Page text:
Reports and papers
Countering hybrid threats
Russia’s war in Ukraine has fundamentally changed the international order that is based on norms and values of state sovereignty and international law. While the Balkan wars in the nineties were the result of internal turmoil leading to the collapse of Yugoslavia, the Russian-Ukrainian armed conflict marks the return of large-scale interstate warfare in Europe for the first time since the end of the Second World War. A year after the Russian invasion was launched on 24 February 2022, valuable lessons can already be drawn for the characteristics of modern warfare. The conflict has shown – both in the run-up to the invasion as well as after the start of the war – that non-military aspects are part of Russia’s strategy. Well-known examples are the abuse of the European ‘oil and gas dependency’ on Russia, the spread of disinformation, cyberattacks and the channelling of refugees and migration flows. What these means have in common is that they are aimed at undermining the unity of the West and destabilising their societies and democracies. This very complex set of hybrid threats raises new questions on how to respond to them, as the hybrid domain requires the involvement of many different actors at the national and international level: from various ministries and even private companies (such as the energy sector) to the EU and NATO.
As hybrid challenges have become an integral part of modern conflict, the question has arisen what kind of role should be laid down for the armed forces. Hybrid challenges are very often of a transboundary and non-military nature. Therefore, they have to be addressed primarily by civil actors. But in addition, the military can also play a role in countering hybrid threats, and this raises the question of the role of multinational (military) formats such as the Joint Expeditionary Force (JEF). The JEF is a multinational military formation of northern European countries with the United Kingdom as the lead nation. Since 2019, the JEF has increasingly focused its activities on the hybrid domain. The war in Ukraine has been a catalyst for increased cooperation in the JEF context at the political, policy and military operational levels. The Russian threat, both physically (conventional forces) and virtually/digitally, has become the main focus of attention. It is in the latter category of threats that the JEF Nations are struggling with the question of what its role should be.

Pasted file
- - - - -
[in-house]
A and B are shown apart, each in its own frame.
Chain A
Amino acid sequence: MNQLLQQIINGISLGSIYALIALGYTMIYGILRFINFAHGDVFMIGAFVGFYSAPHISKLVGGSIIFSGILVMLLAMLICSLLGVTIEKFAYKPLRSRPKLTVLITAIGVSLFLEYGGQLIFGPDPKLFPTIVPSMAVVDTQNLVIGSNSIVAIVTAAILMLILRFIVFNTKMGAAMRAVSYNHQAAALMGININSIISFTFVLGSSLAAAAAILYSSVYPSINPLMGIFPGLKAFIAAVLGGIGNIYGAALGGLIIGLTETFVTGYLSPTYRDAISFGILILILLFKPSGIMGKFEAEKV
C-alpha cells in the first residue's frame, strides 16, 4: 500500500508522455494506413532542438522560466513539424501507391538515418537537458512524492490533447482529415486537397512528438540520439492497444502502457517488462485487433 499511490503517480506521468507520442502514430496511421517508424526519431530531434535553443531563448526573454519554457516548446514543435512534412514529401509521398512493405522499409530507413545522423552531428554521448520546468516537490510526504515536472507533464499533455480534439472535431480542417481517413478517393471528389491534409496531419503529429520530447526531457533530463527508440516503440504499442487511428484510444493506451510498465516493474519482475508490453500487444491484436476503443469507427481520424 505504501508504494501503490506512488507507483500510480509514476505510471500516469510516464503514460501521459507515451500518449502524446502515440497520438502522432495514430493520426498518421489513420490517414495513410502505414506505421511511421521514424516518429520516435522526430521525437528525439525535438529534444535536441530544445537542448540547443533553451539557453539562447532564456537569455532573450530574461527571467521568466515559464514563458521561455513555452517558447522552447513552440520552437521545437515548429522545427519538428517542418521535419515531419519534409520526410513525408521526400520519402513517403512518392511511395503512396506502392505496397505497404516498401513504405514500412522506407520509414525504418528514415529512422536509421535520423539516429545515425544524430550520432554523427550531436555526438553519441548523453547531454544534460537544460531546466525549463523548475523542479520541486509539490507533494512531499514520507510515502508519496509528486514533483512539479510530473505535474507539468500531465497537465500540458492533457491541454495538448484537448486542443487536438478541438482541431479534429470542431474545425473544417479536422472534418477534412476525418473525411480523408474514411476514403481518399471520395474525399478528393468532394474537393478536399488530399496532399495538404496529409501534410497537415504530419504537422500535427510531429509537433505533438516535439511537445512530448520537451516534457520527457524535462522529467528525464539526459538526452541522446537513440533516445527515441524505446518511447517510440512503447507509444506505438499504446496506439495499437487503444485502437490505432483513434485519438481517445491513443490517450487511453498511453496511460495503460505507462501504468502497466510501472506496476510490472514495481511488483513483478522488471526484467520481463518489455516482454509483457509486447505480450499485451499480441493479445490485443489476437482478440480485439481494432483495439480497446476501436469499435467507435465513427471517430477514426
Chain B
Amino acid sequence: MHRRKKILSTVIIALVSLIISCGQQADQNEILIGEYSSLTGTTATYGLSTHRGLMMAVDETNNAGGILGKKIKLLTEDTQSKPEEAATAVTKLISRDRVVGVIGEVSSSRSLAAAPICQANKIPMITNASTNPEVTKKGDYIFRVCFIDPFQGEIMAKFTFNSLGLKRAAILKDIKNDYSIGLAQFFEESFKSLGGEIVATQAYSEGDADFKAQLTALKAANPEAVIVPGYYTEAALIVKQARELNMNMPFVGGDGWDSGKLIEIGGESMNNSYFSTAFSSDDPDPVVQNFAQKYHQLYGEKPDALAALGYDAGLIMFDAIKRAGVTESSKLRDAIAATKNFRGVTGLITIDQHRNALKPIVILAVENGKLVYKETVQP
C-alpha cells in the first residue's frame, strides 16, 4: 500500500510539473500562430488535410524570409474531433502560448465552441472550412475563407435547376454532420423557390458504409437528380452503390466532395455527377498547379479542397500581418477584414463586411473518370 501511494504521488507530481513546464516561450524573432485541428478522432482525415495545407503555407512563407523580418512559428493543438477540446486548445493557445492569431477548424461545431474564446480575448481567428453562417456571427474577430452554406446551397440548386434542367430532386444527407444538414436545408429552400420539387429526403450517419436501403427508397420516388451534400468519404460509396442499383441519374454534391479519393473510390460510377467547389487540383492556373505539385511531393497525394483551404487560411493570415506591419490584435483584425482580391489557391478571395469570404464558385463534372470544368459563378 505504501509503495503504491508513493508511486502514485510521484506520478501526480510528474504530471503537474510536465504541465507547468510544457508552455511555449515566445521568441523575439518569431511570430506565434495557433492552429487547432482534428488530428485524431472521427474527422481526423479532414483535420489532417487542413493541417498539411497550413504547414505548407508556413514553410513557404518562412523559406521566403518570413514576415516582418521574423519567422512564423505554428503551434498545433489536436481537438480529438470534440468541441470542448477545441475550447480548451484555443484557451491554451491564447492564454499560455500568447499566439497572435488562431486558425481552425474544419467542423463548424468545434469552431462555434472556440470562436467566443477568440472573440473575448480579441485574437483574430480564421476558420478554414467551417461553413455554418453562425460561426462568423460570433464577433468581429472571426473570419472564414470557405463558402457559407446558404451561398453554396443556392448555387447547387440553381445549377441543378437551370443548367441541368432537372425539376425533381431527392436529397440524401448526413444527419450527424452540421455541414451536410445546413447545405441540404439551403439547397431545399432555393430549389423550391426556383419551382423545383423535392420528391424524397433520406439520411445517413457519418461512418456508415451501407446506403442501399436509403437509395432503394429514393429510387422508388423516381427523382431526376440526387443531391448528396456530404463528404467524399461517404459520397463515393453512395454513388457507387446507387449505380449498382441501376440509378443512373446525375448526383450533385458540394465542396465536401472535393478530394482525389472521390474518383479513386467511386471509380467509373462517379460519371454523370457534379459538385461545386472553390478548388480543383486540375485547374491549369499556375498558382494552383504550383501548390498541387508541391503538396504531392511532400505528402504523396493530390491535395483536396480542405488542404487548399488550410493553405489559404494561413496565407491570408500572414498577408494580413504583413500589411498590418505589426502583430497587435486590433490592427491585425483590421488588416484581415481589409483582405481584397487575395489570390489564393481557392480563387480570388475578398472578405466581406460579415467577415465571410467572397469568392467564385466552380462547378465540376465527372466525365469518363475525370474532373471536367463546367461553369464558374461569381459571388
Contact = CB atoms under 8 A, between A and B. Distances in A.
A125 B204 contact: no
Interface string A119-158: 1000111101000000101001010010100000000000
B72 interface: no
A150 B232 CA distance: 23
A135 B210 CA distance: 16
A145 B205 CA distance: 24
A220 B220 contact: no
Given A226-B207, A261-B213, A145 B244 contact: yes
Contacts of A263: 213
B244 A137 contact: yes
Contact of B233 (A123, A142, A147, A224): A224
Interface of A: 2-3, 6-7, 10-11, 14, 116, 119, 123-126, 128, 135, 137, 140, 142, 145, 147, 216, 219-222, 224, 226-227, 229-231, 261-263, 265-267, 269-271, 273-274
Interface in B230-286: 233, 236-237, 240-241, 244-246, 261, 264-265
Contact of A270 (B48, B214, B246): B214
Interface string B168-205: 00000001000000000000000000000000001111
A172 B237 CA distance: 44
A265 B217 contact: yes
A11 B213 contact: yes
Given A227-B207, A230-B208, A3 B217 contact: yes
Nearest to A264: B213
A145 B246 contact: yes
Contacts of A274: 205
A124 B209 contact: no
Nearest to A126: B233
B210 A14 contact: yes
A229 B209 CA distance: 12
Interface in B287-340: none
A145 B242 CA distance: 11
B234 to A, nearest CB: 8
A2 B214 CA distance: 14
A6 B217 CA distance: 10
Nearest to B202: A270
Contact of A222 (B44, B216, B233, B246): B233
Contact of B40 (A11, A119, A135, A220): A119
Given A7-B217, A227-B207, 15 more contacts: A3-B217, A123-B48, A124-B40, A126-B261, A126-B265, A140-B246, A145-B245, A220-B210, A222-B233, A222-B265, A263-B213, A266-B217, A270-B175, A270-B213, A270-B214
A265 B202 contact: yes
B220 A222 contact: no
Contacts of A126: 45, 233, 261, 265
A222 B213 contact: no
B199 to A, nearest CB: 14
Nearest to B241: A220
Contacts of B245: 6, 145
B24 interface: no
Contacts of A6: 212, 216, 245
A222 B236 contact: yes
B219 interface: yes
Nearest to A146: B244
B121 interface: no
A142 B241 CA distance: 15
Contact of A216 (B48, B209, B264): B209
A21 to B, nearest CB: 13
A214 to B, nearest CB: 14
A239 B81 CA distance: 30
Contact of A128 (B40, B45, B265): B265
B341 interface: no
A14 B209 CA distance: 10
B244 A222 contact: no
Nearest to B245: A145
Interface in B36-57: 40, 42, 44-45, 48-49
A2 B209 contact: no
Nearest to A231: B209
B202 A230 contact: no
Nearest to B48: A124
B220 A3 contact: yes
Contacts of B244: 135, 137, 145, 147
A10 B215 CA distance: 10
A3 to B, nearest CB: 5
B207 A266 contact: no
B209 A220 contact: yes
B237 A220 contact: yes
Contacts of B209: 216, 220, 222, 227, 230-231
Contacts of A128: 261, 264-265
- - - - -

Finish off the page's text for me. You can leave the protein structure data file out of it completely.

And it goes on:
This report explores the possible role of the JEF in hybrid conflicts and how cooperation in the JEF can be attained. The first chapter addresses the role of military forces in responding to hybrid threats and what the JEF has realised in this context so far. Particular attention will be given to the challenges of but also the opportunities for connecting military activities with those of non-military actors. The second chapter focusses on the roles of NATO and the EU in the hybrid domain and how the JEF could relate to the efforts of these international organisations. The potential impact of the future NATO membership of Finland and Sweden – both JEF Participating Nations – is also addressed. The third chapter zooms in on the potential of the JEF’s role and functions in the hybrid domain and how this should be implemented. The growing political character of the JEF cooperation is also addressed. The report ends with a list of conclusions and recommendations for the Netherlands.
The methodology used for this report consists of a mix of literature research and a series of interviews with government representatives and members of think tanks in a selection of JEF Nations as well as with staff officers at the JEF Headquarters, at the NATO Headquarters and at EU institutions. These interviews were held under the application of the Chatham House rule. The authors are grateful to all interviewees for their valuable contributions.